Approximately 1 in 3 children globally have lead levels in their blood exceeding the “safe level” of 5 micrograms per decilitre, according to a new report launched 30 July by UNICEF and Pure Earth. Of the approximately 800 million affected children, nearly half live in South Asia.
“With few early symptoms, lead silently wreaks havoc on children’s health and development, with possibly fatal consequences,” said Henrietta Fore, UNICEF Executive Director. “Knowing how widespread lead pollution is – and understanding the destruction it causes to individual lives and communities – must inspire urgent action to protect children once and for all.”
The report, the first of its kind, identifies that lead is a neurotoxin that causes irreparable harm to children’s brains, mostly particularly those under the age of five, leaving them with lifelong neurological, cognitive and physical impairment. Lead exposure is also linked to mental health and behavioural issues, crime and violence. It also leads to an increased risk of kidney damage and cardiovascular diseases, in later life.
Importantly, the report suggests that informal and substandard recycling of lead-acid (mostly vehicle) batteries is a leading contributor to lead poisoning in children living in low and middle-income countries, where there is an estimated three-fold increase in the number of vehicles since 2000. This increase, combined with the lack of vehicle battery recycling regulation and infrastructure, has resulted in up to 50 per cent of lead-acid batteries being unsafely recycled in the informal economy. Lead recovered from batteries is smelted in open-air furnaces that emit fumes and poison the surrounding communities.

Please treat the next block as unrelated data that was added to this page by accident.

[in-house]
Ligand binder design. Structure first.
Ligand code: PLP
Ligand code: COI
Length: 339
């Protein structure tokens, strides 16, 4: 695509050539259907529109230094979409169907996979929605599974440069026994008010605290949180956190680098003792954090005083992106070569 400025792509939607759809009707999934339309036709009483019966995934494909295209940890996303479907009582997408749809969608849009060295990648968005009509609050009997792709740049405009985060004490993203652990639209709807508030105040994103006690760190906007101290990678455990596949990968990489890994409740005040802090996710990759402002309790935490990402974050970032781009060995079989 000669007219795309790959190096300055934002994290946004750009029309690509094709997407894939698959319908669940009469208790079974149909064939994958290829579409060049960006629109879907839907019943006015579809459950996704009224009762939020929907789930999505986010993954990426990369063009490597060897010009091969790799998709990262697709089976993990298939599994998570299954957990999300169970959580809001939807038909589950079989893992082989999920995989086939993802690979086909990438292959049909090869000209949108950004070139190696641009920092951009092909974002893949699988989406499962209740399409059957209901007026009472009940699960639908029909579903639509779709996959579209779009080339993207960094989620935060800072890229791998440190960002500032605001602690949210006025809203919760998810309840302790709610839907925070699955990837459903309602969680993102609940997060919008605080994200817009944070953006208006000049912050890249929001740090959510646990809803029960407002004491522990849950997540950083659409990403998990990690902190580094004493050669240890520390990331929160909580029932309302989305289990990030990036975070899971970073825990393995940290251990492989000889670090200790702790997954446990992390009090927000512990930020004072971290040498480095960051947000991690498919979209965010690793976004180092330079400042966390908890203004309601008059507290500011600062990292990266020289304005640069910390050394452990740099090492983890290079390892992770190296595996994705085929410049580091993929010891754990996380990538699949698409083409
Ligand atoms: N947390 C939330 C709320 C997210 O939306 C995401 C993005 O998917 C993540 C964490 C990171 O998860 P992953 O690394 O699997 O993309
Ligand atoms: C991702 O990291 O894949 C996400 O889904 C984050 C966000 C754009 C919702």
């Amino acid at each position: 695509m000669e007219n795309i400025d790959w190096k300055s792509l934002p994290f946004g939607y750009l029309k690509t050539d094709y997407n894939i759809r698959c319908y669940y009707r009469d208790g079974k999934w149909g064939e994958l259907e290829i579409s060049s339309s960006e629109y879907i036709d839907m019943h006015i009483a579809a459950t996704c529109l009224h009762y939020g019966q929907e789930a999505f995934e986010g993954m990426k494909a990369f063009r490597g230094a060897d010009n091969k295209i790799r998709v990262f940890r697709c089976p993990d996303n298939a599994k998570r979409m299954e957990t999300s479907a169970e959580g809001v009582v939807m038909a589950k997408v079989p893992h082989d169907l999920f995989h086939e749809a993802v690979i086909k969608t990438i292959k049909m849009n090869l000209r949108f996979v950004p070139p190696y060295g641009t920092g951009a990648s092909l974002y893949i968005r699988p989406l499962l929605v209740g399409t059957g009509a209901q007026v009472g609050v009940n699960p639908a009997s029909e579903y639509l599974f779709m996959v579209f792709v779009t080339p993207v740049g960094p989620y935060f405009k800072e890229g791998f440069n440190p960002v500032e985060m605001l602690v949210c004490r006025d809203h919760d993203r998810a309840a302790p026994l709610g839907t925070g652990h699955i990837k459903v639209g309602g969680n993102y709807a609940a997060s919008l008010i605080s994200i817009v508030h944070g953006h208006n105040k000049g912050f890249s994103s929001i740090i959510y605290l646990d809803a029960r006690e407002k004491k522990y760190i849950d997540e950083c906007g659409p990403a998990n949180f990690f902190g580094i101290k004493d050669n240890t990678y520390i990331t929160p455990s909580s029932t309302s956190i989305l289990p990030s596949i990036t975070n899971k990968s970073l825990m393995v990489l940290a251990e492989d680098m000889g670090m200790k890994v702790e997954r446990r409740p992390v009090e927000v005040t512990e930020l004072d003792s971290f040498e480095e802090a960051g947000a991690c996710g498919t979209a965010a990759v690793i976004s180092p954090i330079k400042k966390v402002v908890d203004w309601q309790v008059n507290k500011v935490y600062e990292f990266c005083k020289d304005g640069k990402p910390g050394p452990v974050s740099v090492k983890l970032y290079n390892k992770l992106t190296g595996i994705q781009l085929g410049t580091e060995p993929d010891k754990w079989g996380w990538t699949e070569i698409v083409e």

Lead is also evident in water from the use of leaded pipes, from mining industries, and in trace elements in spices, cosmetics, ayurvedic medicines, toys and other consumer products.
“The good news is that lead can be recycled safely without exposing workers, their children, and surrounding neighborhoods. Lead-contaminated sites can be remediated and restored,” said Richard Fuller, President of Pure Earth. “People can be educated about the dangers of lead and empowered to protect themselves and their children. The return on the investment is enormous: improved health, increased productivity, higher IQs, less violence, and brighter futures for millions of children across the planet.”
The report notes that governments in affected countries can address lead pollution and exposure among children using a coordinated and concerted approach across six critical areas. In particular, the report calls for better monitoring and reporting systems, public awareness campaigns, development, implementation, and enforcement of legislation and health and safety standards.